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Daily Mirror
Daily Mirror
Ryan Fahey

Mystery world of Kim Jong-un's daughter - from home-schooling to skiing with dictator

The recently unveiled daughter of North Korean leader Kim Jong-un is being home-schooled and spends her leisure time horseback riding, skiing and swimming, South Korea's spy agency has said.

Kim has brought the daughter to a series of public events since November, including a missile launch site, sparking intense outside debate over whether the girl, reportedly named Kim Ju-ae and about 10-years-old, is being primed as his successor.

The South Korean government has assessed that Kim, 39, hasn't anointed her as his heir.

But it says he likely aims to use his daughter's appearances as a way to show his people that one of his children would one day inherit his power in what would be the country's third hereditary power transfer.

In a closed-door parliamentary committee meeting Tuesday, the National Intelligence Service maintained that assessment, saying Kim Jong-un is still too young and healthy to appoint his successor, according to Yoo Sang-bum, one of the lawmakers who attended the session.

Kim has taken her to a number of public events since November (KCNA VIA KNS/AFP via Getty Image)

The NIS said the daughter's unveiling largely appeared intended to underscore the imperativeness of another hereditary power succession, Yoo told reporters.

The NIS told lawmakers that Kim Ju-ae has never been enrolled at an official education facility and is taking homeschooling in Pyongyang, Yoo said. He quoted the NIS as saying her hobbies are horseback riding, skiing and swimming.

The NIS said it has an information that Kim Ju-ae is "very good at horseback riding" and that Kim Jong-un is satisfied with that, the lawmaker said.

The duo took centre stage at a military parade in Pyongyang in November, with Kim taking his daughter to inspect a number of ICBMs (KCNA VIA KNS/AFP via Getty Image)

Last month, Kim Jong-un and his daughter took center stage at a Pyongyang military parade, which featured a ceremonial cavalry unit trotting through the parade plaza riding white horses - a symbol associated with the Kim family's dynastic rule.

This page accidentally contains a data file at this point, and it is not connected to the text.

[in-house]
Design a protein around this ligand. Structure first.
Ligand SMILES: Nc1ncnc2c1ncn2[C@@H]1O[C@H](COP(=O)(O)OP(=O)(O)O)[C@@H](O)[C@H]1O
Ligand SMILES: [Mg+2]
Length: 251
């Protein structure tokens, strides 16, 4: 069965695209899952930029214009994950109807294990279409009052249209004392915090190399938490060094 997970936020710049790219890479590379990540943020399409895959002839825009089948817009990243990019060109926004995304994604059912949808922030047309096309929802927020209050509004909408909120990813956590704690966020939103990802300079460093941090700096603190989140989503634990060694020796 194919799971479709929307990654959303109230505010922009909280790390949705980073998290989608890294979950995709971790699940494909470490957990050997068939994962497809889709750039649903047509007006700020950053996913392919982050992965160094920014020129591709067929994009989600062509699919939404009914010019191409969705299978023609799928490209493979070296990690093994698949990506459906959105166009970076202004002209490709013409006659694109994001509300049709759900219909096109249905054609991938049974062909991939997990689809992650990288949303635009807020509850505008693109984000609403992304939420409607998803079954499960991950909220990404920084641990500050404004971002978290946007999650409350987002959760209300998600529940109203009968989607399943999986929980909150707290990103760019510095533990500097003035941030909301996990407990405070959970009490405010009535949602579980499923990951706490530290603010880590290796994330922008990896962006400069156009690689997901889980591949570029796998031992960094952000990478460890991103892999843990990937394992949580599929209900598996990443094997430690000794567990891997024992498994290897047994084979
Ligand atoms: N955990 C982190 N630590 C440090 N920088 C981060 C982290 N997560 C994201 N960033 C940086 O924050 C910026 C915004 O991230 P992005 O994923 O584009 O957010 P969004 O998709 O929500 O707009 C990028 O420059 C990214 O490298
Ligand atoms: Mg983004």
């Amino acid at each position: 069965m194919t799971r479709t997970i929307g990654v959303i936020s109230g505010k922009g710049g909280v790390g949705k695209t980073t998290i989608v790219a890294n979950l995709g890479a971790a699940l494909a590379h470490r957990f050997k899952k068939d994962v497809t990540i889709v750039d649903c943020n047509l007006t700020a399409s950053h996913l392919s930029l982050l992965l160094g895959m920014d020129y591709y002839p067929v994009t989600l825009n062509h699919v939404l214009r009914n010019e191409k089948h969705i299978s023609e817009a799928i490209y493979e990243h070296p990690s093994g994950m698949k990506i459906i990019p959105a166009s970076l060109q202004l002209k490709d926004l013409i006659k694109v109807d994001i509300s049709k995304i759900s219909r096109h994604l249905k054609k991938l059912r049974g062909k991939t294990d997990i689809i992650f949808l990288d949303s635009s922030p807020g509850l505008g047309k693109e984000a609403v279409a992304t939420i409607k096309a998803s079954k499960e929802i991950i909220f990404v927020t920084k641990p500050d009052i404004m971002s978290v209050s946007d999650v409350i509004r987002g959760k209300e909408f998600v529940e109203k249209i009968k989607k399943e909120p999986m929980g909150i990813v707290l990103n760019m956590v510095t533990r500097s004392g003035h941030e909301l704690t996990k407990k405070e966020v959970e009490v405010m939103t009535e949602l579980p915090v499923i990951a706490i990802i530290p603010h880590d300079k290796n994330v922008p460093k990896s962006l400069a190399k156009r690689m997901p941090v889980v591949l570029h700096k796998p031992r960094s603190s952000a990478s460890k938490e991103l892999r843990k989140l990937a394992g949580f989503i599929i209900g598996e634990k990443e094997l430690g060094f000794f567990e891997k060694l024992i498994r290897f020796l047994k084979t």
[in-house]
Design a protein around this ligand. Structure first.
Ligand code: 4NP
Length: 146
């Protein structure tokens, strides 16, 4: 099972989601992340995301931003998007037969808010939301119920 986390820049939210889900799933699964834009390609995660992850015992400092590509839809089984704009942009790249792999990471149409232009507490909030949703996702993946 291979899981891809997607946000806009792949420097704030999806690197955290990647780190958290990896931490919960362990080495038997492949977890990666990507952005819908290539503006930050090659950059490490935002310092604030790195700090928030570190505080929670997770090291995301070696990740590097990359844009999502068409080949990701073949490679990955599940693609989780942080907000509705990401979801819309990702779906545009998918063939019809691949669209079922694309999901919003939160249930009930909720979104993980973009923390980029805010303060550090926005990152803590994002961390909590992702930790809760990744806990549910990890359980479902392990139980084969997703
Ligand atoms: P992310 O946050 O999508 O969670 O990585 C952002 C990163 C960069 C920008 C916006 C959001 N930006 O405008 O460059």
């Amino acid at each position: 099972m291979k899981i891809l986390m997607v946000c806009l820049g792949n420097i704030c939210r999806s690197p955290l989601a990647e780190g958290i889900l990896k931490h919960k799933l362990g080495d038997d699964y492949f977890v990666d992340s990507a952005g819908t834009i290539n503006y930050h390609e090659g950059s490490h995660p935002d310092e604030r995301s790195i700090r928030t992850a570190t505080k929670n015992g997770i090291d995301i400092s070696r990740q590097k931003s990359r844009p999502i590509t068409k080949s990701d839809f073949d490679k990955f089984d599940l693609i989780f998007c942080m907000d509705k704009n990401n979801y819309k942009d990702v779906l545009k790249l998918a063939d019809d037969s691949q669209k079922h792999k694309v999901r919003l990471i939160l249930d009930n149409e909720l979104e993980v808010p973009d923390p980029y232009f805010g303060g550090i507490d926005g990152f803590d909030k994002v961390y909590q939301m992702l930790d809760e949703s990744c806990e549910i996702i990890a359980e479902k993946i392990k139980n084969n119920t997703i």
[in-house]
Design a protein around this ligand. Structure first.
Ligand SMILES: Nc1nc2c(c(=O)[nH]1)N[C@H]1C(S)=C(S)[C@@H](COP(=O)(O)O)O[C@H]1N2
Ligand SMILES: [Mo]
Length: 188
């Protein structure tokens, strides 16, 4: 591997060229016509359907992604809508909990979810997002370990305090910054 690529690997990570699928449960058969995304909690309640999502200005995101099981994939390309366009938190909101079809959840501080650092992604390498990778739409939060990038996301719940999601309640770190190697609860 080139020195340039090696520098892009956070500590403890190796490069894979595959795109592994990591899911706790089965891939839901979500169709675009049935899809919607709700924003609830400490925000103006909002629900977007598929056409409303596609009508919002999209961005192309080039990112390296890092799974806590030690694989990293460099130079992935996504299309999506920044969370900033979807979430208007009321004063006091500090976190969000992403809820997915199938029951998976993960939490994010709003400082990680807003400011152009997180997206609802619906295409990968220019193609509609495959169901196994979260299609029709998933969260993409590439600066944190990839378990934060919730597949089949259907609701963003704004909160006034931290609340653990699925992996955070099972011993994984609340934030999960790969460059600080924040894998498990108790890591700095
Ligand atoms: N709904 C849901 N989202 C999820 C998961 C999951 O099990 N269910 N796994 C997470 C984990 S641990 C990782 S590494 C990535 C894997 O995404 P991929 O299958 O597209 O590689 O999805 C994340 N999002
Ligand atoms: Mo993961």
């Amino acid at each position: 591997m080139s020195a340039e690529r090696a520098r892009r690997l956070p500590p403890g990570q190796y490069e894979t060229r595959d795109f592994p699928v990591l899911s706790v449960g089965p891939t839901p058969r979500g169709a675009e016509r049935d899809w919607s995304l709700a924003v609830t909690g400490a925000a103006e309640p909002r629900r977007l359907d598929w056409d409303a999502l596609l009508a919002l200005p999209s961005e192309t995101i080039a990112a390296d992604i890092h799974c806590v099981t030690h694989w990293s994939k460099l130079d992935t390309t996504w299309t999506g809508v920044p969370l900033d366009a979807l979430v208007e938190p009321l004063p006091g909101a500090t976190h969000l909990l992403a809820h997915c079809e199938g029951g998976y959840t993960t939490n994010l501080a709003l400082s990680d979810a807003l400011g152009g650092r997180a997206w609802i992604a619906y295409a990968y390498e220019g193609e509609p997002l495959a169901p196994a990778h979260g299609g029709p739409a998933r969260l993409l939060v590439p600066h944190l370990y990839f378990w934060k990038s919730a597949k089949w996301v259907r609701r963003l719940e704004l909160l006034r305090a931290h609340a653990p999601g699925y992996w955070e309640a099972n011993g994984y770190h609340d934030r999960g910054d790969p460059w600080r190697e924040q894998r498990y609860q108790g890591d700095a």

The North's state TV described one of the animals as "most beloved" by Kim Ju-ae.

The NIS also said that Kim Ju-ae has an elder brother and a younger sibling whose gender is still unknown. It said reports that Kim's first child, a son, has mental or physical problems haven't been verified, according to the lawmaker.

Some experts say it's almost certain that Kim Ju-ae is her father's successor because state media have called her Kim Jong-un's "most beloved" or "respected" child and published images showing her closeness with her father.

But others disagree, citing Kim's relative young age and the extremely male-dominated nature of North Korea's power hierarchy.

State media has called her his "most beloved" or "respected" - which some experts believe indicates she is definitely his successor (KCNA/EPA-EFE/REX/Shutterstock)

Since its foundation in 1948, North Korea has been successively ruled by male members of the Kim family: Kim's father Kim Jong-il and his grandfather and state founder Kim Il-sung.

The name of Ju-ae matched what retired NBA star Dennis Rodman called Kim's baby daughter, whom he said he saw and held during his trip to Pyongyang in 2013.

The NIS has a spotty record in confirming developments in the secretive North. It often releases its finding on North Korea through a parliamentary committee meeting.

Ju-ae was mentioned in 2013 by retired NBA star Dennis Rodman after he held Kim's then-baby daughter (AP)

Meeting with reporters alongside Yoo, lawmaker Youn Kun-young quoted the NIS as saying that it's difficult to estimate the exact number of people in North Korea who have recently died of a worsening food shortage.

He said the NIS told lawmakers that starvation-related deaths in North Korea aren't serious enough to threaten the North's system.

Experts say the North's food situation is the worst it has been under Kim's 11-year rule, but maintain they see no signs of imminent famine or mass deaths.

The NIS assessed the North's food problem is attributed to the Covid-19 pandemic, its agricultural policy and an issue of grain distribution.

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